Ralph Masiello's Ancient Egypt Drawing Book
Product Code: 15338
Binding Information: Hardback
Ages: 7 - 10
Availability: Out of stock Backorder policy.
Draw like an Egyptian...
Emerging on the fertile banks of the Nile River over five thousand years ago, ancient Egypt was a place of mummies and pharaohs, pyramids and temples<&mdash>a place that sparks the imagination. Young artists can dive into the underworld with Anubis, jackal god of the dead; creep past a sentinel sphinx with the body of a lion and the head of a falcon; bow down to the beautiful Queen Nefertiti; or give praise to the murdered god Osiris, all while learning to draw the symbols of the mysterious and ancient civilization of Egypt.
Step-by-step instructions help young artists create their own representations of this incredible culture, and annotations throughout the book provide a glimpse into the history and mythology of ancient Egypt. Bonus steps provide ways to customize drawings with historically accurate symbols and other details.
Hello, Fellow Artists!
Some five thousand years ago in northeast Africa, along the fertile upper Nile River Valley, an incredible civilization emerged. Ancient Egypt was a place of pharaohs, of gods and godesses, of temples and tombs. It was also a time of great human achievement. The Egyptians developed an incredibly complex system of writing and made important advancements in math and science. They also developed wonderfully stylized art forms and built architecture that has survived for thousands of years.
Even today, as archaeologists try to unlock the mysteries of Ancient Egypt, the wonder of that vast culture looms in our imaginations. In this book I'll show you some of the Egyptian images and symbols that I think are the most interesting to draw. Follow the steps in red to draw these images. Then color in your drawings with your favorite art tools. Extra challenge steps in blue show how to add details to your ancient Egyptian creations.
Have fun, practice, and keep on drawing! (And go to the library to learn more about this fascinating civilization.)
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Have fun with this drawing guide:
School Library Journal - September 1, 2008Inside a bright and attractive cover is a short introduction and a “Choose your tools” chart of drawing instruments. Then there are more than a dozen different Egyptian symbols and pictures for budding artists to replicate. Masiello uses the method made popular by Lee J. Ames’s “Draw 50…” series (Doubleday), starting with a basic shape and showing how details can be added one step at a time. He also includes extra suggestions for ambitious artists. Each finished picture is printed in full color and accompanied by a short paragraph that tells an interesting fact about the subject matter. Some of the drawings are quite complicated but they are broken down into manageable sections. For example, one spread shows how to draw the body of Isis, while the next shows how to draw the head. The complexity of some of the drawings may be intimidating to less-confident students, but most are doable for the target audience. Ting Morris’s Arts and Crafts of Ancient Egypt (Smart Apple Media, 2006) has a variety of craft ideas and more background information than this offering, but it does not focus on drawing. Masiello’s book is a great resource for ancient-civilizations units.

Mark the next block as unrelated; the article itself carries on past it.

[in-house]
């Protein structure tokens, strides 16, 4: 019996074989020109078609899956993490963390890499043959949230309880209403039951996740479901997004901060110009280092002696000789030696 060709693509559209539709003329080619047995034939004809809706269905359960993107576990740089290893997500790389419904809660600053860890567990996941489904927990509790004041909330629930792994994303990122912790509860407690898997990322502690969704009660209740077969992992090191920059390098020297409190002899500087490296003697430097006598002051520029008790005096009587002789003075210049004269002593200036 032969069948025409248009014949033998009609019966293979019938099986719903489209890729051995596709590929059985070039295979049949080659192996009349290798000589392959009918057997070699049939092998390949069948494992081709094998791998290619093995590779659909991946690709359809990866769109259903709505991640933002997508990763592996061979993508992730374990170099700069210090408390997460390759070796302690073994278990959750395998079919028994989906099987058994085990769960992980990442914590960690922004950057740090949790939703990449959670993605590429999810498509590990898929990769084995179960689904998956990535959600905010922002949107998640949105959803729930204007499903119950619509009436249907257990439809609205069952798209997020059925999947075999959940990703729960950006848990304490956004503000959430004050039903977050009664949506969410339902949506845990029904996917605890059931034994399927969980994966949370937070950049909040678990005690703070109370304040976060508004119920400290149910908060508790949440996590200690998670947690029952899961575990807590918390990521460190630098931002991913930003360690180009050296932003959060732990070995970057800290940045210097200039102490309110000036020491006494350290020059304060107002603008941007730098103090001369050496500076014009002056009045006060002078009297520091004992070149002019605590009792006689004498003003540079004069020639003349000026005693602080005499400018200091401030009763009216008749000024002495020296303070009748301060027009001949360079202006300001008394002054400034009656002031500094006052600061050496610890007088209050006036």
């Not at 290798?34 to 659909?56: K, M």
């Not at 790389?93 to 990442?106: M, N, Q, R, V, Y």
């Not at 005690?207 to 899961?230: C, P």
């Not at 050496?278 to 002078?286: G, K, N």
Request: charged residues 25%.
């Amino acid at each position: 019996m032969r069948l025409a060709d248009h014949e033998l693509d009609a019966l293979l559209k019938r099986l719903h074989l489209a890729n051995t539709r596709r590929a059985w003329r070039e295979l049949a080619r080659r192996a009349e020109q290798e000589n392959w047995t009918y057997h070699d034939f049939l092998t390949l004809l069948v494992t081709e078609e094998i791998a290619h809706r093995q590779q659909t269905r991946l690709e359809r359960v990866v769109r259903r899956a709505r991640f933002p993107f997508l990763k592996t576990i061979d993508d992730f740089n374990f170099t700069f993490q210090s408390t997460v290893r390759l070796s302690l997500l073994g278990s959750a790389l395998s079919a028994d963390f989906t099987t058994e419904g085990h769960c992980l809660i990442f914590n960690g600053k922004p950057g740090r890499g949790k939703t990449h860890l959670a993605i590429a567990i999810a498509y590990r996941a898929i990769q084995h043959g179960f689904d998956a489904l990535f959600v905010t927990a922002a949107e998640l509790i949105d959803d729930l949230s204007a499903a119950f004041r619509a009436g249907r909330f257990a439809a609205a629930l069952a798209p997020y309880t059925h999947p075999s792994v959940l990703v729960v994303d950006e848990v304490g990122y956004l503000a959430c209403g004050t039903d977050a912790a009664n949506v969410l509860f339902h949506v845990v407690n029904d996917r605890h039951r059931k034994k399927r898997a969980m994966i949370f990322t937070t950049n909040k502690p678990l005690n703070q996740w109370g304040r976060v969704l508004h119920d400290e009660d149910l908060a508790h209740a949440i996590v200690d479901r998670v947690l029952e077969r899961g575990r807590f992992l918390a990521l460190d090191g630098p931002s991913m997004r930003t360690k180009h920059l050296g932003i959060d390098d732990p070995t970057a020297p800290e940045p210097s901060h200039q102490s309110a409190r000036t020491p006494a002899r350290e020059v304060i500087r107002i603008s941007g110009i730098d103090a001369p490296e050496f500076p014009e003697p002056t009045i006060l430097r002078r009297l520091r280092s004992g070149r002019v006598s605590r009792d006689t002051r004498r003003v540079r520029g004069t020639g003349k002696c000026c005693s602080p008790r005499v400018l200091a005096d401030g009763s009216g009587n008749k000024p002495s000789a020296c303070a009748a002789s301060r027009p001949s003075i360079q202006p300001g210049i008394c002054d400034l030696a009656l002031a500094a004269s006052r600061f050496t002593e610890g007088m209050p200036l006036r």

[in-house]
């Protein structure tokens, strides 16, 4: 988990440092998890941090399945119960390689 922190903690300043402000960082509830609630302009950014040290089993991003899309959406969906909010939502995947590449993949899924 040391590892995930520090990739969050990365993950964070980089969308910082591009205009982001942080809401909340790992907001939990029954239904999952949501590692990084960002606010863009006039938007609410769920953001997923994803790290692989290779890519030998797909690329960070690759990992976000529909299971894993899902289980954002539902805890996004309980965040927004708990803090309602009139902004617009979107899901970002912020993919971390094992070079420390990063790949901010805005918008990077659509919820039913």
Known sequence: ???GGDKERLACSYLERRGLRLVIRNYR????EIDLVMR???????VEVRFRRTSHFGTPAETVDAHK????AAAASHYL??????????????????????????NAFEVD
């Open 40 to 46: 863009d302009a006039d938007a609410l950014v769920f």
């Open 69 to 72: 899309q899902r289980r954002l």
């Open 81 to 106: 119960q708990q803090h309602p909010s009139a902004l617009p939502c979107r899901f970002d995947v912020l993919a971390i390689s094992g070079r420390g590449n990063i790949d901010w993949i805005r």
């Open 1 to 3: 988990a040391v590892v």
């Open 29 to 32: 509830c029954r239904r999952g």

Parent: Wise Austing - September 1, 2008Masiello combines two passions enjoyed by many elementary school children: Egypt and drawing. Step-by-step instructions and clear diagrams help budding artists draw the pyramids, Anubis, the Sphinx, and many other symbols and figures of the ancient culture, culminating with a portrait of King Tut. Along the way, readers get a glimpse into the rich history and mythology of a fascinating people. Resources, including books and websites, will satisfy the curiosity that is aroused through the drawings. The King Tut exhibit (www.kingtut.org) will be in Dallas beginning Oct. 3, and this is a fabulous book to use in preparation for a museum visit.
Curriculum Connections - October 1, 2008Step-by-step instructions for drawing Osiris, Anubis, Isis, and other gods as well as symbols and structures are accompanied by facts and full-color, finished products. Share this with teachers planning ancient civilzation units and budding Egyptologists and artists.